industry in general have always evolve in search of more efficient hardware in total, not just CPU. and DataCenter IT was always on the lookout for streamlined , more efficient hardware to use as DC is very resource hungry as it is.


        and I ment it. although I have never worked directly in DataCenter my self, I know a few people who do work there,
        I have dealt with a few DC support personel over the years as well.

        and this market segment do have modularity and flexible upgradability to some extent even today.
        BUT it all comes with a price. and a steap one.
        AMDs FF design helps with that, sure, but it is not as new concept as they are trying proove. it's just a better implementation of an old concept. which is still an improovement and a good one.
        as it is, AMD exec(s) are trying to look and sound as arogant and cocky as Apple exec(s) tooting their own horn over a marginal improvment of old idea as the best thing since the sliced bread.
        it's just ratle my chains for some reason.

        I like AMD and their products. for the last ohh let me see 18 years since I got into IT, I have prefered AMD PC over Intel.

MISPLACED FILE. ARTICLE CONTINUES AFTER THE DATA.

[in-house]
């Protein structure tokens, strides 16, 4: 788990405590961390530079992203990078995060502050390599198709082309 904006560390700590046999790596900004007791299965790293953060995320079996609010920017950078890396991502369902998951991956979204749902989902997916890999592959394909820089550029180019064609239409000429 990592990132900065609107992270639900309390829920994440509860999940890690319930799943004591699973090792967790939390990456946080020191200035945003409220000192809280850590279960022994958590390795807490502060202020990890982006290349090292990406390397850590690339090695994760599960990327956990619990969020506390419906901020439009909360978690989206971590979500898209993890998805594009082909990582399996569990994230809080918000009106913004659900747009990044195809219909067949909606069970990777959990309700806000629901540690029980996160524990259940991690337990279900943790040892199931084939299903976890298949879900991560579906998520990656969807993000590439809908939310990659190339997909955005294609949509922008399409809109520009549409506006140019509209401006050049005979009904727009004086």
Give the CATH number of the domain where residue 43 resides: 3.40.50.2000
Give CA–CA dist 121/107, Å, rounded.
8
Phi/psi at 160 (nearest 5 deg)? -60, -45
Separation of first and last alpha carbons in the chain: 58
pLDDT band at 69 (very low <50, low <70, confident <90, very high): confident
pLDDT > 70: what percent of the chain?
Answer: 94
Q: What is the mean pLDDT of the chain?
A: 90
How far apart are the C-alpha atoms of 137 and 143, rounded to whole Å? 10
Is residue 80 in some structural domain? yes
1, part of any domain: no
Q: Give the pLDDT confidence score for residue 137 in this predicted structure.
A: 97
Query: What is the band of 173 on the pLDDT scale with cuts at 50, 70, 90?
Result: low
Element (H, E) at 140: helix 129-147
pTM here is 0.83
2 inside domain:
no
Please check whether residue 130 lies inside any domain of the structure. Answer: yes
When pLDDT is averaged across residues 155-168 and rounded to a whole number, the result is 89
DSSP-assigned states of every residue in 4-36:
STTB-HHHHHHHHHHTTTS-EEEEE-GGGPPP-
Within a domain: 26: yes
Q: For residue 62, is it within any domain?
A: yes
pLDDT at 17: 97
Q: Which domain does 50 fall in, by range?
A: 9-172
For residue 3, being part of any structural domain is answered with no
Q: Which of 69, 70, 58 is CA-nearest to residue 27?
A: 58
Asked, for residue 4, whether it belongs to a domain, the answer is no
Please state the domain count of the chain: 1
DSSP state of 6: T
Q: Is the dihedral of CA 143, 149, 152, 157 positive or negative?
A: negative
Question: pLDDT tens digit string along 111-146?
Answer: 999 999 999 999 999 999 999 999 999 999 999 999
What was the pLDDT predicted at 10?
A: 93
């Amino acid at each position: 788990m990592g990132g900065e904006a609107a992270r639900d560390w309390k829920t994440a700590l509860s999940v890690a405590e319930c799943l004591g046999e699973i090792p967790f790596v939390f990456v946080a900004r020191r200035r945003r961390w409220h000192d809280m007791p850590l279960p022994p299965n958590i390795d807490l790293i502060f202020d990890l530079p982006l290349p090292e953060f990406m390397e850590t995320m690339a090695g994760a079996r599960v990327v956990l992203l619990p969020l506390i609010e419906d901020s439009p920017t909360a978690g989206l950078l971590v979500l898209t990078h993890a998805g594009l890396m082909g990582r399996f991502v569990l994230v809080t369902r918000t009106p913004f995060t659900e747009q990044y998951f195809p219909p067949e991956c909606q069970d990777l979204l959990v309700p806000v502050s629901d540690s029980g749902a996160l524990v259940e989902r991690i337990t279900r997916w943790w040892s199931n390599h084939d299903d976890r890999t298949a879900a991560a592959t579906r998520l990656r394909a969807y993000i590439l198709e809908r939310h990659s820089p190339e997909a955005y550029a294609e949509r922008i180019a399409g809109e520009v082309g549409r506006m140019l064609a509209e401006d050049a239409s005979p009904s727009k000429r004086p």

specifically for their better BUS speeds and easyer CPU upgrades as they ,un like Intel, do not change the soucket configuration as often and their new souckets more often than none backwards compartible to an extent of atleast 1 or 2 generation back.
        vl1969
  • To amd

    No we do not want the cloud or need it is unsafe and is what we call hacker heaven and I have had my info hacked 3 times soi say about the cloud hell no
    jtdvd58
  • I see a need, in the short-term future, for a fully capable computer,

    that can process the data locally, and will just transmit the data which the user deemed necessary to transmit.

    IOW, back to the future.

    A centralized server doing all the processing, using the data transmitted to it from the clients (cellphones/smartphones/tablets/), will not be what consumers want. Consumers will discover that, when their communications lines go down, what they have in their hands, are just bricks (that can only play Angry Birds, like the AMD exec said). That is taking huge steps backwards, when the consumer didn't have control of his data, and didn't have his/her computing device.